Just got back from a five-day weekend in Oregon, half of which was spent in the wonderfully compact city of Portland—or, as I like to call it, Seattle Jr. (With Trains). It was 104 outside when I arrived at P-Town's far superior Amtrak station. Yet due to the absence of awaiting taxis, my companion and I hoofed it a mile and a half (thank you, St. Louis, for toughening us up!) to the Jupiter Hotel, where we lodged in order to conveniently catch performances by both my brother Tim and The Long Winters.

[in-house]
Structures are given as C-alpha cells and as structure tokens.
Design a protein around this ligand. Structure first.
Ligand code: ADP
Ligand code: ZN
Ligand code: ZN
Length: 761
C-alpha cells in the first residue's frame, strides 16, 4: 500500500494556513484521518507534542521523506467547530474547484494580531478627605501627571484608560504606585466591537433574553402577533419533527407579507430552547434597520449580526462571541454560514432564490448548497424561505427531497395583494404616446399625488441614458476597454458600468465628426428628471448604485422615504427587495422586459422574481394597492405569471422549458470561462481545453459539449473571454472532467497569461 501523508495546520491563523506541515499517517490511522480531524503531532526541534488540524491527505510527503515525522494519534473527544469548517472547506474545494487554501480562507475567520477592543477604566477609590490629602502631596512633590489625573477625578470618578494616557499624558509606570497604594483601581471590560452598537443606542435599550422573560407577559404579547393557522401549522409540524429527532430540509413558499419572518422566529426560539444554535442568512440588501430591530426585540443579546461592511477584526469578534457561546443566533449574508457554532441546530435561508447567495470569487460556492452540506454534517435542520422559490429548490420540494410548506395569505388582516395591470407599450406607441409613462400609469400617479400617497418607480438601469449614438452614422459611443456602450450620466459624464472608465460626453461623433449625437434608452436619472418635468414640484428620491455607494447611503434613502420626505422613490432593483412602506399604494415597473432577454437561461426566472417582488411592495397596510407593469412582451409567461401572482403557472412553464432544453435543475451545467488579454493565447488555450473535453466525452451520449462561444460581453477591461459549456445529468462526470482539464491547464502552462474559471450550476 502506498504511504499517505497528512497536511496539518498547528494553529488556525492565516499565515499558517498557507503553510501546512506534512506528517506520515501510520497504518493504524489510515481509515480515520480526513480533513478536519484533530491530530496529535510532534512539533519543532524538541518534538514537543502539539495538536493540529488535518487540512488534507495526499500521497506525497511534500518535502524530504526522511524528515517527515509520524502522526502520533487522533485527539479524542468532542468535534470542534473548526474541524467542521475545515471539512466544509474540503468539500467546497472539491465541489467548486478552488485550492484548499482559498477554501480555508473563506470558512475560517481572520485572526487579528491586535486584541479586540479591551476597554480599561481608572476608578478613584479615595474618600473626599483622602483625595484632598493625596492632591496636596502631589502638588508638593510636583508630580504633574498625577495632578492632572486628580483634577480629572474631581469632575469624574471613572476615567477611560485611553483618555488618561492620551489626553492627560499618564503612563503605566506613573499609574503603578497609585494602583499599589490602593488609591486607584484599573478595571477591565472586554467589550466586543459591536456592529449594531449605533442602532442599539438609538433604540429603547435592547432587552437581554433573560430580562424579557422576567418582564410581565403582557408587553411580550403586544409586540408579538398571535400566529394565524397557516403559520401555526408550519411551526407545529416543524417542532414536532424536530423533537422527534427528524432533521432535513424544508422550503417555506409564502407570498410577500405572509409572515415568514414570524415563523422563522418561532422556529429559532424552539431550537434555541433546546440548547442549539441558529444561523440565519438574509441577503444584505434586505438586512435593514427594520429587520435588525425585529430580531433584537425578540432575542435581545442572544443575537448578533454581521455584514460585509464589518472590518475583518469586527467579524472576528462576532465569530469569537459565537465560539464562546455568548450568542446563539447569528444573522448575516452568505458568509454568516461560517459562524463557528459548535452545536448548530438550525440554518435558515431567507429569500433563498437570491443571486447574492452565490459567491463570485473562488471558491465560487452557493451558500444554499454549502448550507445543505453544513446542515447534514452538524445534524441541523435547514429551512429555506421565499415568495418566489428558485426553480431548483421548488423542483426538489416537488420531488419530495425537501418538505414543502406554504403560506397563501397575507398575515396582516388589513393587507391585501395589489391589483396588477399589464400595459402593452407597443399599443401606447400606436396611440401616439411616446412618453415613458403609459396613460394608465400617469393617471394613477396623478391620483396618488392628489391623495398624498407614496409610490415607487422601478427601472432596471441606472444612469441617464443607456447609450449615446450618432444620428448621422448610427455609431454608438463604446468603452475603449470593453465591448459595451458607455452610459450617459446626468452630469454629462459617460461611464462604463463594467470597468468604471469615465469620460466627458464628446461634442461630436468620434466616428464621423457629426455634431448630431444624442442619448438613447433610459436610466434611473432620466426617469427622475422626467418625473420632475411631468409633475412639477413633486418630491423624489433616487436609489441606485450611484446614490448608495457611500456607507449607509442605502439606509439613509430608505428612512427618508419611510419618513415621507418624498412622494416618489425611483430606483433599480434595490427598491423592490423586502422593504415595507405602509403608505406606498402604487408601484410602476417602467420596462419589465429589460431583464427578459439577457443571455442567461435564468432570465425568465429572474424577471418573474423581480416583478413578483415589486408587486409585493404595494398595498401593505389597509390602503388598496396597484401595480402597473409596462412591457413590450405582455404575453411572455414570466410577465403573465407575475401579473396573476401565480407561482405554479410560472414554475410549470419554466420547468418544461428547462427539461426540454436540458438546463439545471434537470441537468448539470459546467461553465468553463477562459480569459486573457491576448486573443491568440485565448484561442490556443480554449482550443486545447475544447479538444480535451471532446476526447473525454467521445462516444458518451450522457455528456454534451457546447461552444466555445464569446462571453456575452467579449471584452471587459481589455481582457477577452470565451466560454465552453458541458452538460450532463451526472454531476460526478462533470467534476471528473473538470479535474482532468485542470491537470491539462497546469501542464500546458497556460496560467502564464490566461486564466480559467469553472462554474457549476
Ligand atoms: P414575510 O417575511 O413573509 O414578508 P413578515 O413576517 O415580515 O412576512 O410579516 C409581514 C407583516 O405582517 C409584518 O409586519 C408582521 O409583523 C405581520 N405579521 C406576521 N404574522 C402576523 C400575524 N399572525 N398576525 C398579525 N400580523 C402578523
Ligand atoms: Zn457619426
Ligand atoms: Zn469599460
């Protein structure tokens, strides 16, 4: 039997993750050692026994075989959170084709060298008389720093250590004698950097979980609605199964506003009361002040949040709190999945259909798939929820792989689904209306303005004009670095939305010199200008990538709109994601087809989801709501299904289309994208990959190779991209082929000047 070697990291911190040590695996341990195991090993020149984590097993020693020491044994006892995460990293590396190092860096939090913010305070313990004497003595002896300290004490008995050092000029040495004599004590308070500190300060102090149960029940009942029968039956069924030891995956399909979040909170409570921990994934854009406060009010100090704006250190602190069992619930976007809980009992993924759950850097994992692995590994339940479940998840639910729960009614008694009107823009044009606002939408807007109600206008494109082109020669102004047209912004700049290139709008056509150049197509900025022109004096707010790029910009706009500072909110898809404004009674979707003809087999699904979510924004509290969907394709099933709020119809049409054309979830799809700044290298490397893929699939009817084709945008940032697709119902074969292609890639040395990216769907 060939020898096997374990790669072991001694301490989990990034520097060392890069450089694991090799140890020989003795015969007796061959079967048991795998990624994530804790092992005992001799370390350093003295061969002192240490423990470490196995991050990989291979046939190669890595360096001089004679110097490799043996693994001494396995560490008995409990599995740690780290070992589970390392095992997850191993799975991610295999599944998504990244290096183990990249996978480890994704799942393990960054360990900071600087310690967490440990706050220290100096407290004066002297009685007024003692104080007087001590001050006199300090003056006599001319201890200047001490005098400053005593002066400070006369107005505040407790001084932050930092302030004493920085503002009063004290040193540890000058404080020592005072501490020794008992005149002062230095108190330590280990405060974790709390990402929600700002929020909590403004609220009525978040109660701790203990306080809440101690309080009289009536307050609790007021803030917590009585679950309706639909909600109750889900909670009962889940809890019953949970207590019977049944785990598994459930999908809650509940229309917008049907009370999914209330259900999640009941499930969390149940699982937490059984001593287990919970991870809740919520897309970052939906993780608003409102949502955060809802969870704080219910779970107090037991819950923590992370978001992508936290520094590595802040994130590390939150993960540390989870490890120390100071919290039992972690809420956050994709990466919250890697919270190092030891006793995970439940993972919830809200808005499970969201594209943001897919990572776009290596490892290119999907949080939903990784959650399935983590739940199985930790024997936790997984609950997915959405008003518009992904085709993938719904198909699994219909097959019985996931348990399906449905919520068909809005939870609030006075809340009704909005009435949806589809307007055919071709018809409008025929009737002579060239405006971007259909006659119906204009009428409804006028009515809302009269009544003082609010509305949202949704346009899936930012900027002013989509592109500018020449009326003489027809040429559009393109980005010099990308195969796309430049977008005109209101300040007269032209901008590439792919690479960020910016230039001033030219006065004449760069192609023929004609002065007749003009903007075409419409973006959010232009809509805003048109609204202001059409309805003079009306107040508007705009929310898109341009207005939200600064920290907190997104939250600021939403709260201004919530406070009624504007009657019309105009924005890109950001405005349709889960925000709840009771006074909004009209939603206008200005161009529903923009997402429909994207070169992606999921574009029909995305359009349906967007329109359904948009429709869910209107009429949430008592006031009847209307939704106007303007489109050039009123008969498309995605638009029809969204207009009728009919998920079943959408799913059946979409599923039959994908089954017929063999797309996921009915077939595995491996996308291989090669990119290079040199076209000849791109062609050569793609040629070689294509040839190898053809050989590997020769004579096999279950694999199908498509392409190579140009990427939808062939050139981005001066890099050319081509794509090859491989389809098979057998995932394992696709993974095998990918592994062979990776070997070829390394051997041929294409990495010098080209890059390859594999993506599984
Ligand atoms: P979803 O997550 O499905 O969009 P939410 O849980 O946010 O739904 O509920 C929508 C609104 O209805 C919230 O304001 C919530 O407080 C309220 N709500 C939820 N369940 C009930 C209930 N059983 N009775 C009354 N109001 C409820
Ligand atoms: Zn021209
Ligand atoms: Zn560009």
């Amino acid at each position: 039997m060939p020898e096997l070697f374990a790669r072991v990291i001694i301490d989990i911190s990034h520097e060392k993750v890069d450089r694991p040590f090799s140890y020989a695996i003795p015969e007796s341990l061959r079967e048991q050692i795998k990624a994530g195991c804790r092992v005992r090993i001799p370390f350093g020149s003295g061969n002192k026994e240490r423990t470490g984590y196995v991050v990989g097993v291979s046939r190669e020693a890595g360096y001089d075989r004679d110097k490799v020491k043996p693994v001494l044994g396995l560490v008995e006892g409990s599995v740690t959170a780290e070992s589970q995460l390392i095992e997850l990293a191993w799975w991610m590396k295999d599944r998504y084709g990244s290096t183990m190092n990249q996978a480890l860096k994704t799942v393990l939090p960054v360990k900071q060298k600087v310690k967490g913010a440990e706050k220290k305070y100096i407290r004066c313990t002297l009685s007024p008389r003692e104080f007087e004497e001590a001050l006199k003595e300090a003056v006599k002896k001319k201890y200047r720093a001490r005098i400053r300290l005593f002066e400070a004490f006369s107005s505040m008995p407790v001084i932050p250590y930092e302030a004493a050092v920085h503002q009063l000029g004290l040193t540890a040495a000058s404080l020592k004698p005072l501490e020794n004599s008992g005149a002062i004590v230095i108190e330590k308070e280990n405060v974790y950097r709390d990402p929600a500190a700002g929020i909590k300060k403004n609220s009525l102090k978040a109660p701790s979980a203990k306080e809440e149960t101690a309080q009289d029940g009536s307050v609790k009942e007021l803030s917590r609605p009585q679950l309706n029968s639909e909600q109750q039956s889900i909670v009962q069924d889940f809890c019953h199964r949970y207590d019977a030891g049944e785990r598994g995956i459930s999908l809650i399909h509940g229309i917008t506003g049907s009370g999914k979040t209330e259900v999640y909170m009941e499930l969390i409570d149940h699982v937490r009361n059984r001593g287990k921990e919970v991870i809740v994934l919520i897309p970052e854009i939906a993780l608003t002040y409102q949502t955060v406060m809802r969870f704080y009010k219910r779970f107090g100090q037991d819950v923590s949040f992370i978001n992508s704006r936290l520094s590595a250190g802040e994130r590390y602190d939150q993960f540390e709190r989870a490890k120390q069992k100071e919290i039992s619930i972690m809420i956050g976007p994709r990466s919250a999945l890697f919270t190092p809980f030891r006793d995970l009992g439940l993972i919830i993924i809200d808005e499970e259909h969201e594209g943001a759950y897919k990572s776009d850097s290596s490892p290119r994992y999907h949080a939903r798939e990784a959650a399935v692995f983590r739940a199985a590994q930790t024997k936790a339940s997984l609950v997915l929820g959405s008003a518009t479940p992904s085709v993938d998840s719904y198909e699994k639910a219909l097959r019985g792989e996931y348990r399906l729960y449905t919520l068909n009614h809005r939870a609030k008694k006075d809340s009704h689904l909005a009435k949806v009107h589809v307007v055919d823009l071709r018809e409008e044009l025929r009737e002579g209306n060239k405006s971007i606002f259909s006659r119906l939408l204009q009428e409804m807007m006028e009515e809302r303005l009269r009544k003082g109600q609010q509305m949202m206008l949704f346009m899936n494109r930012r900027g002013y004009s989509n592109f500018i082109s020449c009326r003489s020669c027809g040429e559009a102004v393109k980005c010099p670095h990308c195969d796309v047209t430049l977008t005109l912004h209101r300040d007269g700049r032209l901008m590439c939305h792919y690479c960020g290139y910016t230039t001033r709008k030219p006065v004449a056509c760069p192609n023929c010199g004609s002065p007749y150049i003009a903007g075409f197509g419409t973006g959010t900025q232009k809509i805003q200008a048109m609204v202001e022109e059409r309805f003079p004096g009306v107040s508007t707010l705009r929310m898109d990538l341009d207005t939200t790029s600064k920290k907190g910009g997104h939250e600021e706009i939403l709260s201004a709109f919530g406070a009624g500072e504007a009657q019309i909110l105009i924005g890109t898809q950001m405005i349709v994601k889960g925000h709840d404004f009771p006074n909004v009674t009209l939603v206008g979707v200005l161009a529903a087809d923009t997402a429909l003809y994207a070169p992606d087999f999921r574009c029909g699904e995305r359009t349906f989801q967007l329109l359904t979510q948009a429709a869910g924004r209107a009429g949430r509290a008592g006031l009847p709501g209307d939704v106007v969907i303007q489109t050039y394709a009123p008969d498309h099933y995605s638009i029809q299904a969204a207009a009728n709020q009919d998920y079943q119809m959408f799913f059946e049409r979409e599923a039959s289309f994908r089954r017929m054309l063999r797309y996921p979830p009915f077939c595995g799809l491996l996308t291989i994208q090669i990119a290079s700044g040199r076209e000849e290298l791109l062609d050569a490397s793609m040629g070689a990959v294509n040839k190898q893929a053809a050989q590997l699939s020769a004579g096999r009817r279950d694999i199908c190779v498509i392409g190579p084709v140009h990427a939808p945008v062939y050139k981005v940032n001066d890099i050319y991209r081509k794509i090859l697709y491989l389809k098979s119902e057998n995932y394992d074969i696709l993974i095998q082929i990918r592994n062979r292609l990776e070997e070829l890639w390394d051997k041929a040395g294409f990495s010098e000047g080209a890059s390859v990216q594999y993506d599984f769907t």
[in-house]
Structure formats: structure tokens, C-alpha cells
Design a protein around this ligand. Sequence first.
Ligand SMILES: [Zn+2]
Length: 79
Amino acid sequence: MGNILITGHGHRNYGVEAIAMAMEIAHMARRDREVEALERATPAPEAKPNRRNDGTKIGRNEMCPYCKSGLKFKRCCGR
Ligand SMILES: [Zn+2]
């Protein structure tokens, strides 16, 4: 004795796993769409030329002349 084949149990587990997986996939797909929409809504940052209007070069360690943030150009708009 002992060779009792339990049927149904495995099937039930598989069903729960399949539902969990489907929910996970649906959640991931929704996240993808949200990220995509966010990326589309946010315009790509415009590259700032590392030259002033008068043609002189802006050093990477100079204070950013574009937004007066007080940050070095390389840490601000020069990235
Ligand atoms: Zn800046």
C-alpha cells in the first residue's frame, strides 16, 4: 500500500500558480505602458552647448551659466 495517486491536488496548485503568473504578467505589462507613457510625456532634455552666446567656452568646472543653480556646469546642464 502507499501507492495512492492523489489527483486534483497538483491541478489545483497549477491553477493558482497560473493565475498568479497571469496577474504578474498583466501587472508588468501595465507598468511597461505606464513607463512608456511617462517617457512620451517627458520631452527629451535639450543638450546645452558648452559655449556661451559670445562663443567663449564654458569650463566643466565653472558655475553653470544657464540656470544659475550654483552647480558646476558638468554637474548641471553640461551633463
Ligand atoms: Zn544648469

Over a superb hangover brunch, replete with fresh squeezed mimosas and French-pressed coffee, the next morning at Le Pigeon in the former DMZ area of East Burnside, I flipped through the Portland Mercury, the Stranger's Rose City offshoot. This took all of five minutes, because the Merc was only around 60 pages long. Unlike my colleague, Flip Dawdy, I'm pretty fond of the Mercury, especially their hilarious film reviews and off-kilter special issues. But I wonder, after looking at that slender page count and virtually nonexistent front of the book (all of 13 pages), if Portlanders are. I'm also wondering whether the Merc is becoming a money-losing albatross for our beloved rival (which cut its press run/circulation pretty dramatically in the first quarter) and its Chicago backers. To this end, Stranger/Mercury publisher Tim Keck says that the Mercury is still rising, thank you very much, and that its next issue will be among its largest ever at 80+ pages.